Research by alcohol industry regulator and social responsibility body, the Portman Group, has revealed that more than half (51%) of Generation Z – those aged between 18 and 24 years old – have visited a pub or bar at least once since sites reopened on 4 July.
This youngest generation were found to be more eager to return to their local than older drinkers, with almost two thirds (64%) of those over 45 found to have steered clear of pubs and bars since trading resumed.
However, while the Portman Group stated those in the 18-24 age bracket had moved from ‘generation sober’ to ‘generation congregate’, this hadn’t led to the binge drinking and excess that many had feared.
Bucking the idea that congregating and excessive consumption go hand-in-hand, data revealed younger drinkers continued to drink in moderation in the on-trade with only one in seven (14%) 18 to 24-year olds having increased their alcohol intake since the hospitality sector reopened.
This comes after global intelligence platform Streetbees found that Generation Z was the most likely to have reduced their alcohol consumption during lockdown, with 51% claiming to have drunk less behind closed doors, while a third (32%) said they had increased their intake.
Don’t feel invincible
However, while the Portman Group found that members of ‘generation congregate’ were more likely to be visiting post-lockdown pubs and bars, their research comes after WHO regional director for Europe warned younger people not feel “invincible” as coronavirus restrictions are lifted.
In a briefing with journalists on 20 August, Dr Hans Kluge admitted he was “very concerned” under-24s are regularly appearing among new coronavirus cases and not following Covid-secure measures in places like pubs and bars could have serious repercussions.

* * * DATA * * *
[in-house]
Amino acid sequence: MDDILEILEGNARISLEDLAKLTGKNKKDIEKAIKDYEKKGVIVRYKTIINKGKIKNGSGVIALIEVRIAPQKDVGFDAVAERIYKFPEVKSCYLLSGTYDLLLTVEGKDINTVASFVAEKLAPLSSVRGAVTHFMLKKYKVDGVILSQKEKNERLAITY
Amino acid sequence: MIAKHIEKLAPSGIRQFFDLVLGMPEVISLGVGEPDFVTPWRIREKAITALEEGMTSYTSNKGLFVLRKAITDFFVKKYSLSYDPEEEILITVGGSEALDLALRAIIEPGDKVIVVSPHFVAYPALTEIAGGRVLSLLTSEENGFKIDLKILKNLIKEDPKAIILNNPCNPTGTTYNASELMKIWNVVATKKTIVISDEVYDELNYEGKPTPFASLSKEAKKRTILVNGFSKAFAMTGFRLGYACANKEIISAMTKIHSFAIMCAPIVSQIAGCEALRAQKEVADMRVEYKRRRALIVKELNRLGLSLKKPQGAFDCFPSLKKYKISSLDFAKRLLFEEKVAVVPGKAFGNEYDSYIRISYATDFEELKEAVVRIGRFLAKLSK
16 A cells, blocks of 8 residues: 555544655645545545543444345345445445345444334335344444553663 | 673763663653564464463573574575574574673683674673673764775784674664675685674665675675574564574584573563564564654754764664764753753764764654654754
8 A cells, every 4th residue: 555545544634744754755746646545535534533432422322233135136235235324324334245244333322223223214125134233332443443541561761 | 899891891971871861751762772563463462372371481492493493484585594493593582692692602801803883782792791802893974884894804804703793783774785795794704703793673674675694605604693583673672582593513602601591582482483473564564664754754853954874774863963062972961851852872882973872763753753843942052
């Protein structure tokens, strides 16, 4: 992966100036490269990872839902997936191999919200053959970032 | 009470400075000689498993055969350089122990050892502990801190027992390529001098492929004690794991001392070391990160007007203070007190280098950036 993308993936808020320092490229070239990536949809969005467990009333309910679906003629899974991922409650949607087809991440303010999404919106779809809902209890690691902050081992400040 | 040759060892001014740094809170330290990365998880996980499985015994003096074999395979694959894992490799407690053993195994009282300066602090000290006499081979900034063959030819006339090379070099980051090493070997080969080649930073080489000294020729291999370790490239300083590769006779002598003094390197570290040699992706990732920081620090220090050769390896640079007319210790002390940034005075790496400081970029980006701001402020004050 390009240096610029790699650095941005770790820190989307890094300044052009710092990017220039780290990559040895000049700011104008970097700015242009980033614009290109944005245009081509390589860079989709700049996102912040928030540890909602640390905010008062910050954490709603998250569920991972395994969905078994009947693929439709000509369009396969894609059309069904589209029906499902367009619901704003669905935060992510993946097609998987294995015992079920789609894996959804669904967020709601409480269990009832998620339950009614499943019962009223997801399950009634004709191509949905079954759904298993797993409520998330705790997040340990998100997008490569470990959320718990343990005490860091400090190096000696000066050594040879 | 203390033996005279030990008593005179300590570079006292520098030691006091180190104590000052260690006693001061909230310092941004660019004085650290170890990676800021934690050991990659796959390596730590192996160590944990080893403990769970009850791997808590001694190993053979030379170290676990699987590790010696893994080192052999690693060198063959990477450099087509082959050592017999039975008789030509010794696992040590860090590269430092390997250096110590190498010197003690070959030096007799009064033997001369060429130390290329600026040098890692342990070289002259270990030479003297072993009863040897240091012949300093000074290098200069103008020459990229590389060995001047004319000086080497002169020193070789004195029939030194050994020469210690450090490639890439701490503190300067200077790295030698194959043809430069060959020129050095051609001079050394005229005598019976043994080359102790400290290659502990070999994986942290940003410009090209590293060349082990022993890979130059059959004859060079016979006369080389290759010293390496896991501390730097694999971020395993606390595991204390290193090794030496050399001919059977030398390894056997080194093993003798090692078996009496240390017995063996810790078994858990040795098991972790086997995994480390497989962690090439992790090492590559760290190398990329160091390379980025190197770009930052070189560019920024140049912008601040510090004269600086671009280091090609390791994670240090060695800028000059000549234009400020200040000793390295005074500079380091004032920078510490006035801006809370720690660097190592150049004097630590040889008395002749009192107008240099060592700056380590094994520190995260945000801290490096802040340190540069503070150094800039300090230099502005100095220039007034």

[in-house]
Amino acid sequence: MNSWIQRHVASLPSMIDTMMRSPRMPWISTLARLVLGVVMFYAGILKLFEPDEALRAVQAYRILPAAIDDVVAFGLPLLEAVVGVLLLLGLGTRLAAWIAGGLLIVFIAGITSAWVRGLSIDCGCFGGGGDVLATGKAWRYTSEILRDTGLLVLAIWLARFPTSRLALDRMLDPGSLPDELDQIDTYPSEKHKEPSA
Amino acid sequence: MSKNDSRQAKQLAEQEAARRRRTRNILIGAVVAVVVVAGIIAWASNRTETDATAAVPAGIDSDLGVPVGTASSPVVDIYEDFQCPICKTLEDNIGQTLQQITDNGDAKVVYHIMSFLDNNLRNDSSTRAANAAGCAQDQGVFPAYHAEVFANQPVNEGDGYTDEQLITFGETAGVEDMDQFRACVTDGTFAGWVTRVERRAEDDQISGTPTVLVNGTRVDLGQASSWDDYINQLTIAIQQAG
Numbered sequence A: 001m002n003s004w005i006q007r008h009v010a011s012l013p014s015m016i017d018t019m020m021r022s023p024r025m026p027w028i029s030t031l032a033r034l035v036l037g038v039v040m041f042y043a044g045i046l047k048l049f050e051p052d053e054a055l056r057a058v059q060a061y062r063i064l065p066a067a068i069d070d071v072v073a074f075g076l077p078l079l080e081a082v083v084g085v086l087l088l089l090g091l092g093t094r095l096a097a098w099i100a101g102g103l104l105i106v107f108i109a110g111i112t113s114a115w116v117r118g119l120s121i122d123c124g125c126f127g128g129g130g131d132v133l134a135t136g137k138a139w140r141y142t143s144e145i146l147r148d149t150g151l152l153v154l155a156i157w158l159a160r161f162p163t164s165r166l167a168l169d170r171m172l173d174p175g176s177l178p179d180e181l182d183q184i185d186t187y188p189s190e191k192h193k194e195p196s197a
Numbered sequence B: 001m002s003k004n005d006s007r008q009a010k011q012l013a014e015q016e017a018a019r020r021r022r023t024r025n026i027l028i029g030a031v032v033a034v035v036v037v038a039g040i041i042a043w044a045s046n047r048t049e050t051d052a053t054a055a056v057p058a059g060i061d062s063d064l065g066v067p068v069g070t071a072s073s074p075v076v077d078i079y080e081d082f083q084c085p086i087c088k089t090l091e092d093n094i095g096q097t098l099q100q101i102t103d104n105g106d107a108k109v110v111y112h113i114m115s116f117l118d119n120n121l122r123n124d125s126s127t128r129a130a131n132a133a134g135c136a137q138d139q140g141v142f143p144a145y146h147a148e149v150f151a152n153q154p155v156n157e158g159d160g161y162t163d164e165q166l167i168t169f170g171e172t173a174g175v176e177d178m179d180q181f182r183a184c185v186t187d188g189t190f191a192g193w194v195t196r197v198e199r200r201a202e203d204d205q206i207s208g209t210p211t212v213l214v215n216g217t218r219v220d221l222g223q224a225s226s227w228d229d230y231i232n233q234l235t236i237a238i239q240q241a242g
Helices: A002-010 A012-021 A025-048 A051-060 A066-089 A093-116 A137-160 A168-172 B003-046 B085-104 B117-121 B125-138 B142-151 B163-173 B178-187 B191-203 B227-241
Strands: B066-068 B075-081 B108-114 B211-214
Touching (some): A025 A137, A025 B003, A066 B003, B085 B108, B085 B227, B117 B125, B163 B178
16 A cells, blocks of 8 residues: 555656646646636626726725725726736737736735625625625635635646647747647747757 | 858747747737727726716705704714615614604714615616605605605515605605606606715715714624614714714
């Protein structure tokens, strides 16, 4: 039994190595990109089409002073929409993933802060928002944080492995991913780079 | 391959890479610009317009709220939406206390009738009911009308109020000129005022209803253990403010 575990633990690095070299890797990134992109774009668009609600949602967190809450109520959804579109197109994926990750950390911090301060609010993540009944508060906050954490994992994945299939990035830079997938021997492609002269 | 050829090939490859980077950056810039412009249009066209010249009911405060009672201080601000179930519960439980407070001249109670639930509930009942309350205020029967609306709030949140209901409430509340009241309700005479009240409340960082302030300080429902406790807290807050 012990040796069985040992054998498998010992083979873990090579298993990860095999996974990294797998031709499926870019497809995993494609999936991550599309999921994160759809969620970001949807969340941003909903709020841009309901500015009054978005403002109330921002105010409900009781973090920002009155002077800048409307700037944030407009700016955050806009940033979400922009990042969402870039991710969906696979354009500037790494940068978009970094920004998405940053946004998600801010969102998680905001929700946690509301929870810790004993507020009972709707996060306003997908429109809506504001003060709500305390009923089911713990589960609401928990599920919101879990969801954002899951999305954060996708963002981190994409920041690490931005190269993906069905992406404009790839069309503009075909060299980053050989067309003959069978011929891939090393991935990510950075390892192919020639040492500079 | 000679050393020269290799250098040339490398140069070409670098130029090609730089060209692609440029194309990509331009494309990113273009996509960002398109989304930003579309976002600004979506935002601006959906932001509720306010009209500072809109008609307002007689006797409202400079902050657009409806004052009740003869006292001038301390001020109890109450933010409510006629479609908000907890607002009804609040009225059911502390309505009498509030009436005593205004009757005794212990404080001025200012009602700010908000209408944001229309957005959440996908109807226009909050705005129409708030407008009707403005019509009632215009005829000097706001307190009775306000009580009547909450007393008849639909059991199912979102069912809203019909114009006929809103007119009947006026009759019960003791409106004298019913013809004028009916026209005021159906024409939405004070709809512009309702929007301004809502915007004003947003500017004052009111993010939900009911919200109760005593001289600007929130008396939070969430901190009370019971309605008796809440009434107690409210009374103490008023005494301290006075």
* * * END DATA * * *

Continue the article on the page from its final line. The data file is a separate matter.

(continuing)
According to WHO data, the proportion of those infected aged 15 to 24 has trebled in the space of roughly five months, from 4.5% to 15%.
“Young people are at the forefront of the Covid-19 response and they have a very powerful message to convey through their behaviour and their communication,” he said.
“Low risk does not mean no risk, no one is invincible and if you do not die from Covid-19, it may stick to your body like a tornado with a long tail.
“While young people are less likely to die than older people they can still be very seriously affected, this virus affects organs throughout the body.”
Dr Kluge’s warning also follows a joint statement from Greater Manchester’s mayor, night-time economy advisor, brewers and pub operators calling on the public to step up and take their share of responsibility for controlling the spread of Covid-19.
The Portman Group’s research also found that despite predictions lockdown would cause a sharp rise in alcohol consumption and binge-drinking among Brits, almost two thirds of those quizzed (65%) drank the same, less or stopped drinking altogether behind closed doors.
What’s more, in the weeks following the reopening of the hospitality sector from 4 July, this trend has appeared to spill into on-trade with nine-in-ten (88%) Brits drinking the same (54%), less (25%) or have cut alcohol out altogether (7%) since the hospitality sector reopened.
“During the course of the Covid-19 crisis there has been a fear that many people would turn to alcohol and that misuse would increase,” John Timothy, CEO of the Portman Group, said of the findings.
“Yet the British public are showing continued moderation both at home and, happily, now back at the pub. It’s great to see people supporting their community pubs while drinking sensibly and maintaining social distancing”.
This moderation trend has likely been fuelled by the roll out of the Government’s Eat Out to Help Out scheme, which allows operators to offer customers a 50% discount – up to a maximum of £10 per person – all day, every Monday, Tuesday and Wednesday between 3 August and 31 August for food and non-alcoholic drinks consumed on site.